I have been challenged to blog once a week and I am making a commitment to do so.  No, this was not originally one of my New Year’s Resolutions, however, it now is. 

I recently finished reading the book My Stroke of Insight, a Brain Scientist’s Personal Journey by Jill Bolte Taylor, Ph.D.  At age 37 she suffered a massive stroke in the left hemisphere of her brain.  She states it took 8 years, however, she has now healed her brain completely and her book recounts her journey.  It is a powerful read in further understanding the brain, the right and left hemispheres, and the brains amazing capacity to heal. Since alcohol and drugs also affect the brain, I learned some important tools that can apply for healing the brain in recovery from addiction.  In her Appendix B at the back of the book, she lists Forty Things I Needed the Most.  I am not going to repeat all 40, however, I am going to paraphrase the first 5 and compare healing in recovery from addiction. 

Number 1 – I am not stupid, I am wounded.  Please respect me.  When someone is wounded physically it is easy to see and be empathetic, however, when one’s brain is wounded, it is hard to see and appreciate just how severe the wound may be.  In the process of recovery, it is important to respect ourselves and how we have wounded our brain enough to do the work of healing.  Dr. Taylor spent eight years working and challenging herself to heal her brain completely.  She is living proof, it can be done!  Yes, she had a great support group, however, she did the hard work. 

Number 2 – Come close, speak slowly and enunciate clearly.  Here she talks about how energy can be positive or negative to our healing.  Those who are loud and speak fast with nervous energy is counter-productive.  How is our own energy and how is the energy of others around us.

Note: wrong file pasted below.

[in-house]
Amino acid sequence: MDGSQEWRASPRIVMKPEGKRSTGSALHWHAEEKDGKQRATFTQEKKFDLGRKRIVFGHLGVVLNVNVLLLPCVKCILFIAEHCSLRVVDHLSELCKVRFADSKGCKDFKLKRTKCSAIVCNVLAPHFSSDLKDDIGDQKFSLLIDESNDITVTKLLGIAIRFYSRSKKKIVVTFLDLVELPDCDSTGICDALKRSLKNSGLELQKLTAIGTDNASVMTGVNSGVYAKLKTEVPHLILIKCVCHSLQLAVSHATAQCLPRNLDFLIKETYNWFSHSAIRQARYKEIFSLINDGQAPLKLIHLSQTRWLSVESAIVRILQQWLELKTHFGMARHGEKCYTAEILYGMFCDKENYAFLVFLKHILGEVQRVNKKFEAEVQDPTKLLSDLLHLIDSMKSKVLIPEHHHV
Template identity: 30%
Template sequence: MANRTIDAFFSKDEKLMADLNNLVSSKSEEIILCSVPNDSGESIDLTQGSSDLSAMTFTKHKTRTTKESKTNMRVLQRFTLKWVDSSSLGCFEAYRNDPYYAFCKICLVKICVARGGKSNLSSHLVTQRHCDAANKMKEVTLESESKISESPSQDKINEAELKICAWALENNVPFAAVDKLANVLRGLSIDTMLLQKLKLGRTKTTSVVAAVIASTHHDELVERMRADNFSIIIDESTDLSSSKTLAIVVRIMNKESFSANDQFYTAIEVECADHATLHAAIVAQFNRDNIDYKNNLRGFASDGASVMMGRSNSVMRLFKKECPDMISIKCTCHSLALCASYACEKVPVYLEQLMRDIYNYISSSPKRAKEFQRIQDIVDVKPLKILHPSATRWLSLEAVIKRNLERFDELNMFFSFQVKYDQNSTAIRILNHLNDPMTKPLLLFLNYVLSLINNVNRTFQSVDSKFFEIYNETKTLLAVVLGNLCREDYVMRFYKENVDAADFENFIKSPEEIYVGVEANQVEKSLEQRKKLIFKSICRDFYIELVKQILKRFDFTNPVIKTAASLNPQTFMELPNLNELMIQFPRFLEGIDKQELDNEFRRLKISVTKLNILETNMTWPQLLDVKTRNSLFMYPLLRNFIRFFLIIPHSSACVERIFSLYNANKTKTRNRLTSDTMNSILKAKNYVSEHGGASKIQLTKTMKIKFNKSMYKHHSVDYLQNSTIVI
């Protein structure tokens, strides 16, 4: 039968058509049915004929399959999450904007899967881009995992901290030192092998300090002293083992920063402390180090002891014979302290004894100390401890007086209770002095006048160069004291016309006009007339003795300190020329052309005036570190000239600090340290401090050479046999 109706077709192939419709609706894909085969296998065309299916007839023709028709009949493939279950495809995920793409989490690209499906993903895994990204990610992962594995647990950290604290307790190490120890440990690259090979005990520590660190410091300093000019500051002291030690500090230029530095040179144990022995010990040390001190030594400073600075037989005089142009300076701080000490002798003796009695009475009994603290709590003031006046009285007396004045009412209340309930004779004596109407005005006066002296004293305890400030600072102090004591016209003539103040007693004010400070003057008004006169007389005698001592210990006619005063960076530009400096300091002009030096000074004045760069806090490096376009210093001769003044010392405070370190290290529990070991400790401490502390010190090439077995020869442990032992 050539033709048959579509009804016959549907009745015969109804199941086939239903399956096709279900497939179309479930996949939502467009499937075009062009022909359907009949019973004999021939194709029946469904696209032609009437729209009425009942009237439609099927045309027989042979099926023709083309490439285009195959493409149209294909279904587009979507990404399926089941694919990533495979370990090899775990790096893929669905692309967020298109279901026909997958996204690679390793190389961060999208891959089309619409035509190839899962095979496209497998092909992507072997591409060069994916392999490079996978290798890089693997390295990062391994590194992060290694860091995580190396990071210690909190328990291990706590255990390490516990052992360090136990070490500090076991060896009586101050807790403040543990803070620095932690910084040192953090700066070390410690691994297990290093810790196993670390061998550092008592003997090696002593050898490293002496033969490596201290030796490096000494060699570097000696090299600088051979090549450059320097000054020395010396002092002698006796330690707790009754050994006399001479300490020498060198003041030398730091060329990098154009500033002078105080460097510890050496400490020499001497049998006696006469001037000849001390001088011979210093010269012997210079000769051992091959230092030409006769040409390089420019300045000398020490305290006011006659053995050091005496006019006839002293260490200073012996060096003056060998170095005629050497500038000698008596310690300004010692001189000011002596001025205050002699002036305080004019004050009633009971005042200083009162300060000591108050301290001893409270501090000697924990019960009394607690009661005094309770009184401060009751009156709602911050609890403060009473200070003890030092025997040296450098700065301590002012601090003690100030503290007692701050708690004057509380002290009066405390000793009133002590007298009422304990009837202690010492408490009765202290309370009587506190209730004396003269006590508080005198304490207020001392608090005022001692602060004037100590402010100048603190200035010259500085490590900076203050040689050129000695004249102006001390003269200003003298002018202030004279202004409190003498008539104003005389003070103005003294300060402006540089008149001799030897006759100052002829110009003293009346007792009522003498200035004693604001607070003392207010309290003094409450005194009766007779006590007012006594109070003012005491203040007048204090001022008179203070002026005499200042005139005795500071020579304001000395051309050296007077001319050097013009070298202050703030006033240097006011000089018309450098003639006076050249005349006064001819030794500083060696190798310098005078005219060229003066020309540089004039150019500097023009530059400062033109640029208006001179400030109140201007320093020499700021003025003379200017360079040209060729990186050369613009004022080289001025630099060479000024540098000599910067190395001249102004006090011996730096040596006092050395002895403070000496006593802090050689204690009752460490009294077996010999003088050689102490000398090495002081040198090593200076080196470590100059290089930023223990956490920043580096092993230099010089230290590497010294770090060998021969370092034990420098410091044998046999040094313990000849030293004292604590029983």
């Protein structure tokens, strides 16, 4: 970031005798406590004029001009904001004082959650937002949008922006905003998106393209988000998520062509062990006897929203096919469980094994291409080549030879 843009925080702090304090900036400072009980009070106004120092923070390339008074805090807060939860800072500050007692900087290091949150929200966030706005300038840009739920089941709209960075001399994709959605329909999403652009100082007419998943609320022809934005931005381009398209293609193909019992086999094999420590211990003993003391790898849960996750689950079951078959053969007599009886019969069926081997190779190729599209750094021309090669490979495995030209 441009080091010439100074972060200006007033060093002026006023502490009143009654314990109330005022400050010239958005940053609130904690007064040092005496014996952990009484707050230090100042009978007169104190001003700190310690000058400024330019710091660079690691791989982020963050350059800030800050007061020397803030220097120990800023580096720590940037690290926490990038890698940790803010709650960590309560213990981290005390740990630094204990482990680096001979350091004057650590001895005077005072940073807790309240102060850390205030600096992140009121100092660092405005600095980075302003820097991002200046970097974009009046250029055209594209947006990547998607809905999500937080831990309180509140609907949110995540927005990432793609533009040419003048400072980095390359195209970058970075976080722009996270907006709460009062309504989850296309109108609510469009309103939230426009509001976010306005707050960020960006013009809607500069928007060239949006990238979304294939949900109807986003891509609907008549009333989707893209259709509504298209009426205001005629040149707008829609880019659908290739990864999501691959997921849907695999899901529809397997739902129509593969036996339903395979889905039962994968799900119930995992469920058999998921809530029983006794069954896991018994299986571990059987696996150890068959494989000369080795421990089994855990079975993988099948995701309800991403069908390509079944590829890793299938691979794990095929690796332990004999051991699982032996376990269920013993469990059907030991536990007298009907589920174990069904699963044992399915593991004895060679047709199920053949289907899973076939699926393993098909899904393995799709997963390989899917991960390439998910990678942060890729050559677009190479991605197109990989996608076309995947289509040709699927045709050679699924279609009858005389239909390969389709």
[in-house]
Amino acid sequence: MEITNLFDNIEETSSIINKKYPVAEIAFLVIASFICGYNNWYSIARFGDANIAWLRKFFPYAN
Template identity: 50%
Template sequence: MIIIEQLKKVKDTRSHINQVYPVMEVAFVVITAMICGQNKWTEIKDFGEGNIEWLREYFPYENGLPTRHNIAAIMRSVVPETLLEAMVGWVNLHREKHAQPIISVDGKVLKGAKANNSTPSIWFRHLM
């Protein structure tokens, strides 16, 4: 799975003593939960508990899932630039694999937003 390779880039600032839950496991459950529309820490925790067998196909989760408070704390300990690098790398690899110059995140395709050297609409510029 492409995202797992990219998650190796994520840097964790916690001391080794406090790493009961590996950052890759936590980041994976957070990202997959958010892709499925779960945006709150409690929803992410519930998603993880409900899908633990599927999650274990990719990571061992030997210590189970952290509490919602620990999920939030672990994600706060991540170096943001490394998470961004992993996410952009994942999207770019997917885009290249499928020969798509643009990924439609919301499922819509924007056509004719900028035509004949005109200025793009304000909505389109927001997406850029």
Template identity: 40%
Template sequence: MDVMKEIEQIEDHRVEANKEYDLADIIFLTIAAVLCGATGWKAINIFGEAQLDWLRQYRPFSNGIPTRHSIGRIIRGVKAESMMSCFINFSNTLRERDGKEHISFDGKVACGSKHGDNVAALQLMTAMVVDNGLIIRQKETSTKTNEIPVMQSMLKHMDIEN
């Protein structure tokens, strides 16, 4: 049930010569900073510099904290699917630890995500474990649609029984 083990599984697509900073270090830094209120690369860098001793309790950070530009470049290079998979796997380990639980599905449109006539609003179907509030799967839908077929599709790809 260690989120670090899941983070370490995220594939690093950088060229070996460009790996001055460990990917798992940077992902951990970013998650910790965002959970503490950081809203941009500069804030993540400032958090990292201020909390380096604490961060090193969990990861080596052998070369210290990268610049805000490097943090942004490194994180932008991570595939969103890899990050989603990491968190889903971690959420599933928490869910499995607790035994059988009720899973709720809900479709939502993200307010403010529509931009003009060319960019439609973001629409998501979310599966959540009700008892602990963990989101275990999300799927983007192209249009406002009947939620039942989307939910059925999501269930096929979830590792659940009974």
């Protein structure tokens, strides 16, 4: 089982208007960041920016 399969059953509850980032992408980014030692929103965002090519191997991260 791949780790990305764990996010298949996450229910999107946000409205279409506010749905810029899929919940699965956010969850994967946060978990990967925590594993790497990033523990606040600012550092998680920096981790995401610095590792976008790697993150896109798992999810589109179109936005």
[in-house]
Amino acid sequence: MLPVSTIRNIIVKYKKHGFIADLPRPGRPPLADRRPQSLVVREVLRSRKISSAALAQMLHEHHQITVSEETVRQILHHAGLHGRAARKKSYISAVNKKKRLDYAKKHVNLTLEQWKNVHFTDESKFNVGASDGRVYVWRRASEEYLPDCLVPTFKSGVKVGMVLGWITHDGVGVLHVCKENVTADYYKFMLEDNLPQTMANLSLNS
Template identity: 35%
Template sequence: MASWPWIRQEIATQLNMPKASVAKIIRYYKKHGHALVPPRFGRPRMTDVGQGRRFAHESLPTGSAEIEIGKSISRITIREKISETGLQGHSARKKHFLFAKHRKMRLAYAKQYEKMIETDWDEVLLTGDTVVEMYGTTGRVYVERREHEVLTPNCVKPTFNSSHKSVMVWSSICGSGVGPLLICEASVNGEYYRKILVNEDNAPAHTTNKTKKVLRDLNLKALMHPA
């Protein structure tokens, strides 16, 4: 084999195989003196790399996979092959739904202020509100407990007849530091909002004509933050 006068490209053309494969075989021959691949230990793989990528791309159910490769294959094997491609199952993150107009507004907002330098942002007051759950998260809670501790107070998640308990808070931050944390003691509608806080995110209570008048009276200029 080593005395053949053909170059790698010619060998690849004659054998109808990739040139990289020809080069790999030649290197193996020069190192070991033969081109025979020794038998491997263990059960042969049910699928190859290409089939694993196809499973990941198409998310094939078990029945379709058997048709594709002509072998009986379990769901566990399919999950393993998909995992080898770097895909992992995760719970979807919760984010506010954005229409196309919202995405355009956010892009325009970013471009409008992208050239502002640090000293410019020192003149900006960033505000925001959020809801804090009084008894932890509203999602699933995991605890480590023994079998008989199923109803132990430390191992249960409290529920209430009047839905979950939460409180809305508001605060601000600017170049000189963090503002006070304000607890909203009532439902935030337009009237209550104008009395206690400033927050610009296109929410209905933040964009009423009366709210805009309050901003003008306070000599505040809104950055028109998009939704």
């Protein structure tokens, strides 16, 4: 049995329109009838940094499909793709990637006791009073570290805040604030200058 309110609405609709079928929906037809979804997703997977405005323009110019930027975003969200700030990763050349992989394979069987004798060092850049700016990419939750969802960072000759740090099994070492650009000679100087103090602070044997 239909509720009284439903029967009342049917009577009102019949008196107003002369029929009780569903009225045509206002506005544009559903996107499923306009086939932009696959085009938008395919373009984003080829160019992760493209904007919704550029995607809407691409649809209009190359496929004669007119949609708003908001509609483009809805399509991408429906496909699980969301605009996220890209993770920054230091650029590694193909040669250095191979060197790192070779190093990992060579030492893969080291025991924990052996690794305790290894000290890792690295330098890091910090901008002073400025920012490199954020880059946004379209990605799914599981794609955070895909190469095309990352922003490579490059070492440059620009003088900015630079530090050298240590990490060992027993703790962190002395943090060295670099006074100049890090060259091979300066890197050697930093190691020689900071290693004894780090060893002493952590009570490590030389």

Number 3 – repeat yourself, assume I know nothing and start from the beginning over and over. So many times I hear from client, “ I know all that, I have been to treatment before”.  Perhaps repetition is needed for my brain to internalize and for me to take action? 

Number 4 – Be patient with me the 20th time you teach me something, as you were the first.  The average for treatment experiences by clients with addictions is 8.  How patient can we be with ourselves and with others in the recovery process? 

Number 5 – Approach me with an open heart and slow your energy down.  Take your time.  Hopefully, we can approach our recovery and healing with an open heart and offer the same to others. 

Again, any thoughts and comments from others is greatly appreciated.

Sue Judd, MSS, LSAC
Licensed Substance Abuse Counselor

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